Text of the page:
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Johnson County

Research-based Information You Can Trust — Localized for your needs

Johnson County
11811 S. Sunset Drive
Suite 1500
Olathe, KS 66061

Office Hours:

Monday - Friday,
8:30 a.m. - 5 p.m.

(913) 715-7000
(913) 715-7005 fax

Map to our office

K-State Research and Extension is committed to making its services, activities and programs accessible to all participants. Reasonable accommodations for persons with disabilities may be requested by contacting Johnson County Extension at (913)715-7000. Notify staff of accommodation needs as early as possible.

Kansas State University Agricultural Experiment Station and Cooperative Extension Service

K-State Research and Extension is an equal opportunity provider and employer.

Winter Survival Tips for Gardeners

by Dennis Patton, horticulture agents

Return to Miscellaneous Agent Articles

Concrete rabbit covered in snowLet me go on record as saying, I hate winter. The older I get the more I realize that cold hurts. The heat of summer is just uncomfortable, but the cold as they say, chills to the bone.

As someone who dislikes cold weather, I am probably in the majority of many other gardeners that cannot wait for the arrival of spring. Now when it comes to gardening let me set the record straight, I am not a fanatic. I know some may find that hard to believe, but compared to some I am just a tiny blip on the garden fanatic scale. Don’t get me wrong, I love to garden, but with a busy career, a full time employed wife and two young adult sons just starting out on their own my hands are full.

The garden at this stage in my life is more of an escape. Like the very old Calgon commercial, “take me away” is how I view much of my time outdoors puttering around. Mowing the lawn in the summer is, for me, a few moments of quiet time.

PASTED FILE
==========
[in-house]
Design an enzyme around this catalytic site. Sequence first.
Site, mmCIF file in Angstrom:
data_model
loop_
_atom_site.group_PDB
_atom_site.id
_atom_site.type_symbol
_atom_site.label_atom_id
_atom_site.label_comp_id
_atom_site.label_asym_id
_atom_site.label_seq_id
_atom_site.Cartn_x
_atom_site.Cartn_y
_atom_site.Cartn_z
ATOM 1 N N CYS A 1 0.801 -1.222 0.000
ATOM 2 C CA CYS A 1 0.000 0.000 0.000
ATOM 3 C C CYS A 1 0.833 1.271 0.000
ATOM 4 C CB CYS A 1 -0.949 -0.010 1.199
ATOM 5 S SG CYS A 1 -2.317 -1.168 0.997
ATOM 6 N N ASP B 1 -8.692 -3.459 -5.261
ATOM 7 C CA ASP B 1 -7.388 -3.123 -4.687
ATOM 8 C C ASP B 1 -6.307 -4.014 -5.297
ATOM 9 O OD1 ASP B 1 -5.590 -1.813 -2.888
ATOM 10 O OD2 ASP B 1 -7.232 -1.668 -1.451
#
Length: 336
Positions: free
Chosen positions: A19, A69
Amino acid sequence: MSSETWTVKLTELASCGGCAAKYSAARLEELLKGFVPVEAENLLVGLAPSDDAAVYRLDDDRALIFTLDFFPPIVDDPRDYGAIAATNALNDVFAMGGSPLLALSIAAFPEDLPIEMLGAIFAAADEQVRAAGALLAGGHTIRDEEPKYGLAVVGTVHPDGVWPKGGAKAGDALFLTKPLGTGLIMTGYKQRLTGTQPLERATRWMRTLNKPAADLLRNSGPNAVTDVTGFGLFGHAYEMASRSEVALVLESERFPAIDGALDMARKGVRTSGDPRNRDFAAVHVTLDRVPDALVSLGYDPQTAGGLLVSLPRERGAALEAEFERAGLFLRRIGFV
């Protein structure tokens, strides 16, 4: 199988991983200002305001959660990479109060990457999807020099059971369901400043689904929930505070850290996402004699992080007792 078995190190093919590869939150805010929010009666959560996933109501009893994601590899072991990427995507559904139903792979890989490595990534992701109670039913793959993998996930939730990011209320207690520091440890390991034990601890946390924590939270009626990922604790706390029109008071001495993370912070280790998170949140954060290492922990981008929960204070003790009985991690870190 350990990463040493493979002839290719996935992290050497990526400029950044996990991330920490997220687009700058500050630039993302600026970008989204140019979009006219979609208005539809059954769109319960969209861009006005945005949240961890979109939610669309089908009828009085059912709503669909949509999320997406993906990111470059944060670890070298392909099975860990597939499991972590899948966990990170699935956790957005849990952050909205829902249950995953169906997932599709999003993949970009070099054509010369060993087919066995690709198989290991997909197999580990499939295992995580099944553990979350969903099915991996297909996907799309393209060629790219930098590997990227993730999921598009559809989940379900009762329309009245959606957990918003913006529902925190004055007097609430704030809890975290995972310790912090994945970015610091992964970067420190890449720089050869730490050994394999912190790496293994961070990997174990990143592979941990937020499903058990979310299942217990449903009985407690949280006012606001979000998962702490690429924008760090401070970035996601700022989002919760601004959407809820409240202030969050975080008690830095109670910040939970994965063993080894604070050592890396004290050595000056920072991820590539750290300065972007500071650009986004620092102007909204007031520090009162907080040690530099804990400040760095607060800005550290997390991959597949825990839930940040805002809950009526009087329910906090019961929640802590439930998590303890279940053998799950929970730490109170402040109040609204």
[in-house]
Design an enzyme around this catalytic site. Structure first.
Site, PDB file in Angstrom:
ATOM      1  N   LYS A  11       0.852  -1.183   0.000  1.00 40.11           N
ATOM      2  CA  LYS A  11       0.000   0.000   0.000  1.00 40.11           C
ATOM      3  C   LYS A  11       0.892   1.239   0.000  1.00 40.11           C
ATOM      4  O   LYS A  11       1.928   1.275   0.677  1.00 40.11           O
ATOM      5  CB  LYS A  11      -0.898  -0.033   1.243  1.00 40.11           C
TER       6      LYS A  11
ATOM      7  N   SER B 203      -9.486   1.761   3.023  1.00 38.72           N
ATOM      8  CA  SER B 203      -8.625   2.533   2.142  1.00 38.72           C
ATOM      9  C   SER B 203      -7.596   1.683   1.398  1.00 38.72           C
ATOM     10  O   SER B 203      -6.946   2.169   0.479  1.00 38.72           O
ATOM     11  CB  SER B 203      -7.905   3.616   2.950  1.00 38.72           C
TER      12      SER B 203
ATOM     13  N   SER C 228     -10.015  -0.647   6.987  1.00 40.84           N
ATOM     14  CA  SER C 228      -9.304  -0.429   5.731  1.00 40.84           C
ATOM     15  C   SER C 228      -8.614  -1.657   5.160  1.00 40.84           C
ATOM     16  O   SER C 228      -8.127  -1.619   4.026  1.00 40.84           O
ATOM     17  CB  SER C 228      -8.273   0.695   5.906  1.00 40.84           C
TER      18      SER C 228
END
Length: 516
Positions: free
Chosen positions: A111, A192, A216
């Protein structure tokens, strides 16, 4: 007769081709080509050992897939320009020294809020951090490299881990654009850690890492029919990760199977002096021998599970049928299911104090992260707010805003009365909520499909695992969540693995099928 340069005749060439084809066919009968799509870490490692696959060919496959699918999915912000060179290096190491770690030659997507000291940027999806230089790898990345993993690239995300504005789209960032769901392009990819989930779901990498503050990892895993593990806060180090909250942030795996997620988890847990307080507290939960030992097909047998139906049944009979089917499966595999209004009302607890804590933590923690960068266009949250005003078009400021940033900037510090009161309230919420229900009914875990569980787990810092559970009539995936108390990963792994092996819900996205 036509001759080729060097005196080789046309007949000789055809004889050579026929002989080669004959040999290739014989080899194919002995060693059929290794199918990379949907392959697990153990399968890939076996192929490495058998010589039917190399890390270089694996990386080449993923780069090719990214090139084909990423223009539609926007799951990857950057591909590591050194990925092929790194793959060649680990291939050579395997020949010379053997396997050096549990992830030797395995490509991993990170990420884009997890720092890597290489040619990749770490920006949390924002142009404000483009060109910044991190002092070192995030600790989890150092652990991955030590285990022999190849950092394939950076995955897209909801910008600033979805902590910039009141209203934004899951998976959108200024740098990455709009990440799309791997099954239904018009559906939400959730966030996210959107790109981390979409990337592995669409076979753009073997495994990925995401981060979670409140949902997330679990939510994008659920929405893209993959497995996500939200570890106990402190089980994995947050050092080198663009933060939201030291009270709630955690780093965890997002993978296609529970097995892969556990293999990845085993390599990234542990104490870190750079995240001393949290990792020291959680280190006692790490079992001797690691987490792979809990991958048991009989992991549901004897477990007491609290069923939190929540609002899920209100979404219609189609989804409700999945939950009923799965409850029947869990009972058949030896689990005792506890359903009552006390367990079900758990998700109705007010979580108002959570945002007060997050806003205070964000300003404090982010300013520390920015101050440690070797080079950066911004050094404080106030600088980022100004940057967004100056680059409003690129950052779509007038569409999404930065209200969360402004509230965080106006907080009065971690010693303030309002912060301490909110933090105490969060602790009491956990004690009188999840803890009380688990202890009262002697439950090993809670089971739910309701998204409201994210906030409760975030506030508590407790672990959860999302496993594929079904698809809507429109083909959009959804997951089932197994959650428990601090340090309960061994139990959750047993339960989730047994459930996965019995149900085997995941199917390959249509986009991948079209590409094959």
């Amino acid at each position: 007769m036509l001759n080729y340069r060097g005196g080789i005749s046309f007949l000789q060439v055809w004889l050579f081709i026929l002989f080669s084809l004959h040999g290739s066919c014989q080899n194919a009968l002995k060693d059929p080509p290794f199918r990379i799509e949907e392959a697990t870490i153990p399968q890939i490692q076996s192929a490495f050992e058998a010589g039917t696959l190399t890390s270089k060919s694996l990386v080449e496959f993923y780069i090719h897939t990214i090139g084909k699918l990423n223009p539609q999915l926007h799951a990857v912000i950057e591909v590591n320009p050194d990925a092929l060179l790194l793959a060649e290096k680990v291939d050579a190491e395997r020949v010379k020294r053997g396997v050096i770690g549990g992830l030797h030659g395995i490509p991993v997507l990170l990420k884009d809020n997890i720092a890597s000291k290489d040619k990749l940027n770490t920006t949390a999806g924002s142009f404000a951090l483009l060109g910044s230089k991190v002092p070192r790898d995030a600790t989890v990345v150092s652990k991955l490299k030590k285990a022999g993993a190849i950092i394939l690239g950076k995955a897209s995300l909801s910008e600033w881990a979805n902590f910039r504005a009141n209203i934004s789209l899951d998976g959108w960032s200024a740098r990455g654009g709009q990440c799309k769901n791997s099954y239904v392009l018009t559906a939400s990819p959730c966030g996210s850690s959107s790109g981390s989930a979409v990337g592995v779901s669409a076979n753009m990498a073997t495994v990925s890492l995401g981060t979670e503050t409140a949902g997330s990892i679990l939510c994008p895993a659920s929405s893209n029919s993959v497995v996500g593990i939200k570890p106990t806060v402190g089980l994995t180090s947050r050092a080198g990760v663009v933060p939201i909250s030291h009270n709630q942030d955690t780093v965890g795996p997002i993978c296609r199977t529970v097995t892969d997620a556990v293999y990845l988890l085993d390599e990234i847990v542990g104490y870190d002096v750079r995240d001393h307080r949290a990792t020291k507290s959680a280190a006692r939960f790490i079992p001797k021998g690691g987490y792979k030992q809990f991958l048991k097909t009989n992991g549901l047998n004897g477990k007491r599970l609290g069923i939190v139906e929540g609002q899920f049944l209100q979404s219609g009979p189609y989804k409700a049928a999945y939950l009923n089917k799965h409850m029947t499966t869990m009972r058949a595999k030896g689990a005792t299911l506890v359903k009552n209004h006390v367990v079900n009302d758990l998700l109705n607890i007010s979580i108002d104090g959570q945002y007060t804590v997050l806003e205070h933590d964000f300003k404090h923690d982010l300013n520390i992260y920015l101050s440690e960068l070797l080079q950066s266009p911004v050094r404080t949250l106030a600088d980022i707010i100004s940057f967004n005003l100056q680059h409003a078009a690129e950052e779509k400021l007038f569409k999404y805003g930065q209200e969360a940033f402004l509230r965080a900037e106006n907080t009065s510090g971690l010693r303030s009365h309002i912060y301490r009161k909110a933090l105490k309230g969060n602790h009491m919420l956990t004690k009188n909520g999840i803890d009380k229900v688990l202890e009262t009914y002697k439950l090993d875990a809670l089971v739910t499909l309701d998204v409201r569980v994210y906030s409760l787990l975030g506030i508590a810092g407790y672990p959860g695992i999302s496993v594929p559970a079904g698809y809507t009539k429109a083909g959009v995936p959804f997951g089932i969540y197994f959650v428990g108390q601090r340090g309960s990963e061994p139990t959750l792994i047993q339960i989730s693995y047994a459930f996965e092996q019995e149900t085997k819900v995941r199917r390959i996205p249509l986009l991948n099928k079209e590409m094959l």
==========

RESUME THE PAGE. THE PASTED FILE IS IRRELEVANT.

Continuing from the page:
This time of winter has to be the worst for a gardener. Everyday is one day closer to spring. I often find myself walking through the seemingly barren garden looking for evidence of life. Just to feel the soil or kick it with my foot brings a calming sense of the pleasure of what is to come.

Gardeners at this time of year take delight in the simple things in the garden. The covering of frost on a crisp morning, or the way the snow highlights the dormant mounds in the garden.

Daffodil bulbs emerging from the groundWalking through the yard on warmer winter day to check things out is another tactic for winter survival. Have the bulbs started the sprout? Are the buds on the trees bigger than they were last week? Do the perennials have a little more green growth than before? All these are signs of winter’s departure and the impending arrival of spring.

Many gardeners across the area are just trying to cope with short the winter days, cloudy skies and the cold temperatures. Gardeners, like all positive people, have one other common trait, a strong belief in the arrival of the best season of all, spring.

K-State Research and Extension Johnson County Master Gardener logo

Have questions? The Garden Hotline is staffed by trained EMG volunteers and Extension staff who will assist you with questions.

Phone: (913) 715-7050

Email: garden.help@jocogov.org